Join us in a tweetchat on this theme at 20.00 CET on Wednesday 8 March at 20:00 CET. We will be running this event in cooperation with EDEN (European Distance and E-learning Network and therefore the hashtag will be #EDENChat. Make sure you tag all tweets in the discussion with #EDENChat!

Watch how to take part in a tweetchat.

This #EDENChat is followed by a webinar on 15 March at 15.00 CET:  The power of silent learners in a group

#EDENChat is a scheduled online discussion event on Twitter where anyone can join in and contribute to the discussions on current issues in distance, open and e-learning. In the most recent #EDENChat we discussed innovation in teaching. Read all the archived discussions here.

Webinar: The power of silent learners in a group

Have the courage to speak softly, to be yourself a silent learner. Diversity matters.

When: 15 March 2017, 15.00 – 16.00 CET
Where: Online via Adobe Connect (link to the meeting room will be sent to all registered participants 1-2 days before the webinar)

Register here!

  • How do we recognize silent learners?
  • What are the needs of silent learners
  • How can we empower silent learners in a group context?

Continue reading

Is silence a barrier to learning?

lurking1By Carola Eklund

During the last 15 years of my career I have taken part in a lot of online courses and webinars. I have always had the intention to learn something from the experience, though not always exactly what the course or webinar organisers intended me to learn. Sometimes I have decided that I want to improve my language fluency, understand the course design or something else that was outside the true scope of the activity.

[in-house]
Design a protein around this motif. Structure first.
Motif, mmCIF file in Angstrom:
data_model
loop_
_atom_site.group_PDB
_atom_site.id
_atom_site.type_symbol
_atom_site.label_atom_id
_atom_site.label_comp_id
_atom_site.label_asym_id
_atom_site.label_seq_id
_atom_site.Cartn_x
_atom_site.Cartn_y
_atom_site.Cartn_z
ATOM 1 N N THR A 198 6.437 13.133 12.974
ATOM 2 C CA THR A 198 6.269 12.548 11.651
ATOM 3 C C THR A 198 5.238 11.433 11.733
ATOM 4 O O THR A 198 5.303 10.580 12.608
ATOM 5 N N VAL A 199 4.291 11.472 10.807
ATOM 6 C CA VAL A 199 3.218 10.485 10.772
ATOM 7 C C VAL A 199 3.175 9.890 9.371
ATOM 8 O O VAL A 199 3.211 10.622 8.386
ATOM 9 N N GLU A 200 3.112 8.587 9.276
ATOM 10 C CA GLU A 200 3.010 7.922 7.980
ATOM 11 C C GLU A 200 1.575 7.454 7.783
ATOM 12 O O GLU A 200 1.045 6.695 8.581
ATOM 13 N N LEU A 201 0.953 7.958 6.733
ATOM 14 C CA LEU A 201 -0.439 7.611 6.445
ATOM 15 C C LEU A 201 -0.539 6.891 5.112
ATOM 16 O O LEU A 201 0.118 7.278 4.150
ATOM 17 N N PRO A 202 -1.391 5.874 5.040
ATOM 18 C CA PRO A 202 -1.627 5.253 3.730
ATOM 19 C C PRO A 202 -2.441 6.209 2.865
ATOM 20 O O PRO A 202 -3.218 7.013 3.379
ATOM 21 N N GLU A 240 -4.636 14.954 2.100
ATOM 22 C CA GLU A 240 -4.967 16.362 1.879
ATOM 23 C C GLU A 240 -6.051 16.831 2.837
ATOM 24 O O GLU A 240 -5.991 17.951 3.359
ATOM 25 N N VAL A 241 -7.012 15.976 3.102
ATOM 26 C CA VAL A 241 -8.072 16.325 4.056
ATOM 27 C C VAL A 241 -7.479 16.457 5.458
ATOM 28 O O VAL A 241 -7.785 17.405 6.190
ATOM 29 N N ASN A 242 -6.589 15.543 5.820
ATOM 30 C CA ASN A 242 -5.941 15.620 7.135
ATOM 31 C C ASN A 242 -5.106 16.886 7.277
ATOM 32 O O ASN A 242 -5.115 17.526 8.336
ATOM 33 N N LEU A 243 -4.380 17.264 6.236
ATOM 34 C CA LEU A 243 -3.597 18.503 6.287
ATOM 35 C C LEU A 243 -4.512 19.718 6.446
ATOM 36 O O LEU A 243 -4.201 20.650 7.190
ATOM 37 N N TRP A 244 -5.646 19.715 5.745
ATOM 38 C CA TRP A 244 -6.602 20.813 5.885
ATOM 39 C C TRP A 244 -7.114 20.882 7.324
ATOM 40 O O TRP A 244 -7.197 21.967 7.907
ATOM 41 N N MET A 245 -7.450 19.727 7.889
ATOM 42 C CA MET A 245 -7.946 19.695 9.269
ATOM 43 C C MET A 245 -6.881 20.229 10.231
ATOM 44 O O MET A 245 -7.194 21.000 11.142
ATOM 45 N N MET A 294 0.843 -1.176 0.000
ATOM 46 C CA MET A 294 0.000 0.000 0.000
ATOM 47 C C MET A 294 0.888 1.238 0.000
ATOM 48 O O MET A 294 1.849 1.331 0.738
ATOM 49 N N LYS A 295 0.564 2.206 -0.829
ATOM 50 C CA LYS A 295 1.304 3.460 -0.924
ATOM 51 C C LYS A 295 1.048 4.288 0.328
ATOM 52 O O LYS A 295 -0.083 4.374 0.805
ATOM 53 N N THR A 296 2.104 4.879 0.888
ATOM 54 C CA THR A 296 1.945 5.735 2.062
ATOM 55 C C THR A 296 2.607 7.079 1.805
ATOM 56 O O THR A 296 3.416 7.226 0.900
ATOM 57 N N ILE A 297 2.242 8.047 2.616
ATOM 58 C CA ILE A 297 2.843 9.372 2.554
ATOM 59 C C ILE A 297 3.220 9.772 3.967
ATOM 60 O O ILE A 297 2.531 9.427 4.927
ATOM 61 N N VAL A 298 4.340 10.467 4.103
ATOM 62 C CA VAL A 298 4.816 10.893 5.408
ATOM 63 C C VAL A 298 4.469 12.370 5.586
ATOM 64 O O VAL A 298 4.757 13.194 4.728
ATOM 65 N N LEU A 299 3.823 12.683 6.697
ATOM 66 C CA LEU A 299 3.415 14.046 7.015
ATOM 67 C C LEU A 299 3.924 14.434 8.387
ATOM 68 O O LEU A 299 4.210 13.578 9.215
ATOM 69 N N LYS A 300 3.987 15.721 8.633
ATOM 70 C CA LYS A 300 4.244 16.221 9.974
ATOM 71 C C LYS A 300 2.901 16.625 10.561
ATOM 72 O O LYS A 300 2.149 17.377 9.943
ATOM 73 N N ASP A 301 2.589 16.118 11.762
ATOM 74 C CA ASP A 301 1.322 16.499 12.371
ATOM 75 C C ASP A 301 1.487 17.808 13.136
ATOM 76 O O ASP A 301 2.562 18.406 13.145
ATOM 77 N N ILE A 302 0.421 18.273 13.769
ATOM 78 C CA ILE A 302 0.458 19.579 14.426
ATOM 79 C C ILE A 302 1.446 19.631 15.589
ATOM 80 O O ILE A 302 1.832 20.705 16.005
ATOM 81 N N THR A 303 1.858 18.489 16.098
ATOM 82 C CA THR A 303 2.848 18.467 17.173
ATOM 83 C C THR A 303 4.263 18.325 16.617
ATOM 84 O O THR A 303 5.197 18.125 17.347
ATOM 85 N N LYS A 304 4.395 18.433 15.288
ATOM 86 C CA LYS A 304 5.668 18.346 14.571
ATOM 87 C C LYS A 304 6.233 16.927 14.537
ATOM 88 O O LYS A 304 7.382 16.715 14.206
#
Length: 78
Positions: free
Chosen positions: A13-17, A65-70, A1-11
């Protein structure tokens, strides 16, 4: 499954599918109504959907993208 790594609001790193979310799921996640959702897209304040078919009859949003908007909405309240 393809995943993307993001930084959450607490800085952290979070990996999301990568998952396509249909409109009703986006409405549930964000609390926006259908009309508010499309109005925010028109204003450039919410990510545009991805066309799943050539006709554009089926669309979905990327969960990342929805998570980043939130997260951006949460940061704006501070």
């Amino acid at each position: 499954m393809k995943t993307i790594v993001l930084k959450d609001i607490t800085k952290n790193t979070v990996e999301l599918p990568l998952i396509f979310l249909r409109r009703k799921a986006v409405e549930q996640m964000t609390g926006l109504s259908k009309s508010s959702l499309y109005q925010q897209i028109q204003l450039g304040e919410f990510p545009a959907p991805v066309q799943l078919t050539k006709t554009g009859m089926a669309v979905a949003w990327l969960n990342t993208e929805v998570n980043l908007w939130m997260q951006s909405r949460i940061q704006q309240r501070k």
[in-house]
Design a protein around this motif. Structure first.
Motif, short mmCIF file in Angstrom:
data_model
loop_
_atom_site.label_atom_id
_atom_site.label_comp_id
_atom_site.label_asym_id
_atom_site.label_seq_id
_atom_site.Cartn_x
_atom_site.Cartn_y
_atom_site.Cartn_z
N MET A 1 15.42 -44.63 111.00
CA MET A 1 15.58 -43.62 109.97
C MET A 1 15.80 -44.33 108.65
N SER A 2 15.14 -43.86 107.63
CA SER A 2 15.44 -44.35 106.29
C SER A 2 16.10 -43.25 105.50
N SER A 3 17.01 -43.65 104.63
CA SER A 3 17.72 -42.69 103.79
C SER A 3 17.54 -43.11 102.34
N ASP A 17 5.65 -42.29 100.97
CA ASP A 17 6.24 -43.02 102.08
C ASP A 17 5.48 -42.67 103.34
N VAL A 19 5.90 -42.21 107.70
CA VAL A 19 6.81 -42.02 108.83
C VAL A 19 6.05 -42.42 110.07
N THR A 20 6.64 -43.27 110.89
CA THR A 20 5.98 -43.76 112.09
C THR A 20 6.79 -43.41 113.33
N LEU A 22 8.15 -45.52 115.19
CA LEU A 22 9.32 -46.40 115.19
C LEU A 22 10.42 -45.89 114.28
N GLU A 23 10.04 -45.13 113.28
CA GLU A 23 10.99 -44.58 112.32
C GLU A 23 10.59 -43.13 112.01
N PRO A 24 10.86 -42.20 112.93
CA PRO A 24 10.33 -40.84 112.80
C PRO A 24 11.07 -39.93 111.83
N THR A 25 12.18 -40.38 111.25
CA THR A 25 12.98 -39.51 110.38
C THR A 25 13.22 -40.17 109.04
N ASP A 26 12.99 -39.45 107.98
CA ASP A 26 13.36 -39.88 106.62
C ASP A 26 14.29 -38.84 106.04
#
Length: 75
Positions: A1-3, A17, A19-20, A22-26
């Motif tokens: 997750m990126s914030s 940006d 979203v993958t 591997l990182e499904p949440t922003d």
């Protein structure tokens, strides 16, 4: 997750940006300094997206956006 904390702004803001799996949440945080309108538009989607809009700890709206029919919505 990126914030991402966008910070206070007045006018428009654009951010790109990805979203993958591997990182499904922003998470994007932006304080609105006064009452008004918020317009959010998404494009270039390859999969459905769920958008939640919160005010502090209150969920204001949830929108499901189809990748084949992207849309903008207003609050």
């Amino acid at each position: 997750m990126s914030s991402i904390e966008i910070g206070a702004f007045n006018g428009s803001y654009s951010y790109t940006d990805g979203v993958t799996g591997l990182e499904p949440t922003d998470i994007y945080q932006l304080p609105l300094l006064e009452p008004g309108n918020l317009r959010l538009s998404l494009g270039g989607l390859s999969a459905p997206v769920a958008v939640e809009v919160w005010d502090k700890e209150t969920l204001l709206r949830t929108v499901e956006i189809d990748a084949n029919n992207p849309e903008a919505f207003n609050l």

Most of the time I’m not a person who wants to take a major role in a group and I’m not comfortable speaking a foreign language. These factors together with my sometimes peripheral objectives, mentioned above, can sometimes mean that I am perceived as a passive and silent learner. Continue reading

Small pieces of interactivity …


When I was ten years old I sometimes ran away from the other children playing outside. I went to a calm place, found a book and enjoyed reading. I the background I could hear my sisters and friends’ noisy games. Maybe I was a “silent player” or a silent reader or may be a typical introvert. Well, sometimes I also enjoyed to be in the centre of the game, participating a hundred per cent.

Is this an example of how we might act and react differently? The situation, the mood and feelings drive us in different directions and we behave differently. I think it is also the same when it comes to learning.  Some days we are very active, energetic and participative in a constructive manner. Another day we might be silent, half listening and not participating. Either drowned in our own thinking or may be tired and wanting to relax. A third day we might be more in opposition to the presenter and other participants, active enough, but may be not so constructive. Continue reading